Militarization and colonization in the name of national integration and reconciliation

| by Athithan Jayapalan

( March 17, 2012, Oslo, Sri Lanka Guardian) South Asia is a region where counter-insurgencies have been and are still waged by nation-states to subjugate minorities or marginalized communities’ struggle for self-determinism. Various clever mechanisms are being employed to continue with the exercise of centralized and oppressive control. In the name of counter insurgency, many states have deployed military complexes and forces in regions where a national liberation struggle is mobilized. The systematic use of state violence against the local communities is aimed at creating an environment of fear and to facilitate subjugation and eradication of those who embrace the struggle for self-determinacy. This violence is often so selective that it targets the particular social group or minority the liberation is being fought on behalf of. It also targets their traditional homeland, since the violence is deployed almost exclusively within demarcated areas which coincides with the regions where the minority traditionally have been settled in and where it forms the majority . The Muslim Kashmiris in Jammu-Kashmir, Baluchi people in Balochistan, Karen people in North-West Burma and the Tamil speaking people in North and East of Sri Lanka are all victims of such state terrorism . Heavy militarization often resulted in permanent military occupation of the resisters traditional homeland (of the people who resist the state). The resistance being regional in its locus and minority specific in it orientation, is easily isolated and projected by state centric agents as being parochial and communalist. The counter insurgency war is legitimized since the accommodation of the self-determinist demands of minorities is conceived upon as being against and as a compromise of national unity, sovereignty, well being and even harmony.
The Sri Lanka Army White Van team
One central strategy in the state counter-insurgency is to attempt the weakening of the resistance by disrupting the demographic composition of the ‘troubled region’ through destroying the continuity in traditional settlements pattern. What one can see in Tamil areas in Sri Lanka shares a lot of commonalities with what the Israeli state does in West Bank and Gaza , where Jewish settlements are strategically established with state patronage since the states inception. This is done in order to breach the continuity of Palestinian settlements in the region: traditionally Gaza would be connected with the West Bank through the existence of Palestinian settlements. Such practices is not isolated to south Asia but have been employed by nation-states throughout history and in various parts of the world. Such tactics often has the aim and the effect of breaking the backbone of self-determinist demands, as the demand is conceptualized on the base that a nation has the right for self-determinacy over areas where they are and have traditionally been in majority.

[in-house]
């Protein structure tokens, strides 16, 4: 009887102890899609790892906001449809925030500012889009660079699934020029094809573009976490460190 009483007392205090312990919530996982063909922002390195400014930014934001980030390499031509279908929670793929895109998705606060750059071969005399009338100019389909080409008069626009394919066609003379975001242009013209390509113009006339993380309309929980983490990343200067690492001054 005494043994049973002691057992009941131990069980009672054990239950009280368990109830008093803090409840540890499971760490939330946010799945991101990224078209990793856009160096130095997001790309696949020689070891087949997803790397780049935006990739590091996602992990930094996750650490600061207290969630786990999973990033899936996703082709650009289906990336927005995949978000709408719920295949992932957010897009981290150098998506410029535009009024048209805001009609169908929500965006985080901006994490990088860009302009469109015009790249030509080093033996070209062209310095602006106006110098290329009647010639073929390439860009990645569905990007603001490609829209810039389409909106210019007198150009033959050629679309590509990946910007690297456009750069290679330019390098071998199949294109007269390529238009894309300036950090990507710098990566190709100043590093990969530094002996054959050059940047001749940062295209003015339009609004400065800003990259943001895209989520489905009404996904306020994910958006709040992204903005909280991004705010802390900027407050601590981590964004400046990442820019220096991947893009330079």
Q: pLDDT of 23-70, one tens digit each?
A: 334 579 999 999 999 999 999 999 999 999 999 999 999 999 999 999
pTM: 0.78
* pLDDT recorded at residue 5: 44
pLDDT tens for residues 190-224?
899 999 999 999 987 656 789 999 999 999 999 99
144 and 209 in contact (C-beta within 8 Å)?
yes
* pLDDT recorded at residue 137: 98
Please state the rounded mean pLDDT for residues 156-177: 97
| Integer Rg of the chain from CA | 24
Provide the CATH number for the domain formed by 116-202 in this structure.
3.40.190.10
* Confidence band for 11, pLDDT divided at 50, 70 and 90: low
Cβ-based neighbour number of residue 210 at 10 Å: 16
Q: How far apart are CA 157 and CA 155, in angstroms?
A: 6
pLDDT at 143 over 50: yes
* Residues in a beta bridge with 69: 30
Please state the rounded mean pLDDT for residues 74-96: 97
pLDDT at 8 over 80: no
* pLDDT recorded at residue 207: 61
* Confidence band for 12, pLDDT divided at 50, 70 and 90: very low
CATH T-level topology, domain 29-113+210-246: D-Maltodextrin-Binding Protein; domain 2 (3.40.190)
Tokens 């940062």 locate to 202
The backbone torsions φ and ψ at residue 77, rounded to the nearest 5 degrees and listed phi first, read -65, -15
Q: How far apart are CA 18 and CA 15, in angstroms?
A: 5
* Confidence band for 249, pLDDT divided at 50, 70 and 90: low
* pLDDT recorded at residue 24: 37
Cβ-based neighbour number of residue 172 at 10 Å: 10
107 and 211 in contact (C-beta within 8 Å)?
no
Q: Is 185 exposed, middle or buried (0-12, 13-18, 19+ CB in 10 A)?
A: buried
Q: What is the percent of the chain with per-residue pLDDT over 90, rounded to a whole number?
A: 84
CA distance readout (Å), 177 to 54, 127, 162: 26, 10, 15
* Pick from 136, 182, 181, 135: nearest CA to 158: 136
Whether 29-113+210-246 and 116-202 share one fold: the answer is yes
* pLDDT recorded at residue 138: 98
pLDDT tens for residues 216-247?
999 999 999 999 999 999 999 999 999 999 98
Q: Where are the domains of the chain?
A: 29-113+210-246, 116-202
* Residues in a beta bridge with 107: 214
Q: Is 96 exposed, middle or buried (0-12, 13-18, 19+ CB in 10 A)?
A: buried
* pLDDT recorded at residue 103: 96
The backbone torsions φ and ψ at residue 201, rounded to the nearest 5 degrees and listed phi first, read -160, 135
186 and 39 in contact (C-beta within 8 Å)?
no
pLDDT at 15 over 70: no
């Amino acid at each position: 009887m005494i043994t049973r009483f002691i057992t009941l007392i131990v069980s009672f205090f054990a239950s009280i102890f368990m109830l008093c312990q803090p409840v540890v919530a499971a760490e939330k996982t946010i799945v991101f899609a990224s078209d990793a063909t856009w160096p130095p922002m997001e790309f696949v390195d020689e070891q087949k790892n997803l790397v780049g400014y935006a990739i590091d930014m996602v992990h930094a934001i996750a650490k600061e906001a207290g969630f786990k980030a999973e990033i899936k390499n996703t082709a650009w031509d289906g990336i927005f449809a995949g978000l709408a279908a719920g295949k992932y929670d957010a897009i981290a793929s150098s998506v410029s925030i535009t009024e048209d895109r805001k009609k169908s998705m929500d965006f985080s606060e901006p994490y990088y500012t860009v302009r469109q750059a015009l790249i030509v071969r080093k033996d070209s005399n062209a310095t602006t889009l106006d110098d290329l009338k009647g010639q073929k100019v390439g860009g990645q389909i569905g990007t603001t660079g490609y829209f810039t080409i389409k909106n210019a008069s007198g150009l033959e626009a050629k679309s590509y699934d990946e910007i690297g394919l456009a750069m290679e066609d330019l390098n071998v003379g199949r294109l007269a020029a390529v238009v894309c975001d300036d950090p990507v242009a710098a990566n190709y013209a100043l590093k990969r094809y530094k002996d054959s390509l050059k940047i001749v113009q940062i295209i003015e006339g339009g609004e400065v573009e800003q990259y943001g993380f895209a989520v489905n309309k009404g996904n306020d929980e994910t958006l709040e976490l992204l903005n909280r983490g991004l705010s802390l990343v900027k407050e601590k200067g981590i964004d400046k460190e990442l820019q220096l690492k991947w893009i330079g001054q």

Brief about the History of State violence against Tamil communities
In Sri Lanka state violence has predominately and throughout history been targeted at the Tamil speaking communities of North and East of the Island . It has also undeniable been used to eliminate or silence individuals and communities from other social backgrounds which the State i.e. those who hold state power, perceive as being anti-state. Such the case with many southern Sinhala communities during the JVP led insurgencies in 1971 and 1987-1990(in which combined over 40 000 Sinhalese lost their lives. However state violence which targeted at the Tamil communities has been persistent and increasingly systematic since independence in 1948, which renders it to be only understood as structural violence. This violence is embedded within the structures of the nation-state, its apparatuses and in its functioning as a centralized unitary political administration. This violence therefore has been perpetuated by successive governments in Colombo , from the UNP led to the SLFP led governments.
There is a long history of violence against Tamils in the island. From the sporadic but systematically carried out anti-Tamil riots of 1956, 1958, 1961, 1977, 1981 and 1983, to the countless instances of massacres and disappearances of Tamils at the hands of the armed forces in the name of counter-insurgency since 1983. The realization of adequate judicial punishment for the atrocities against Tamil speakers seems near impossible. Even when a judicial procedure is initiated through presidentially appointed commissions to investigate the ‘allegations’, e.g. as in the aftermath of the 1994/1995 ceasefire, the findings are kept a state secret. The trials against state agents are systematically obstructed. Trials are shifted to Sinhala dominated areas due to the request of the accused security personnel. The witnesses brought in have been silenced by death or other means of violence, and as a result no one is punished for the crimes {1} . There is therefore a culture of impunity in Sri Lanka for crimes against Tamils and anti-state elements. This also indicates the bias nature of the state’s judicial system, where state agents or individuals under the state patronage enjoy impunity when indulging in state orchestrated violence {2} .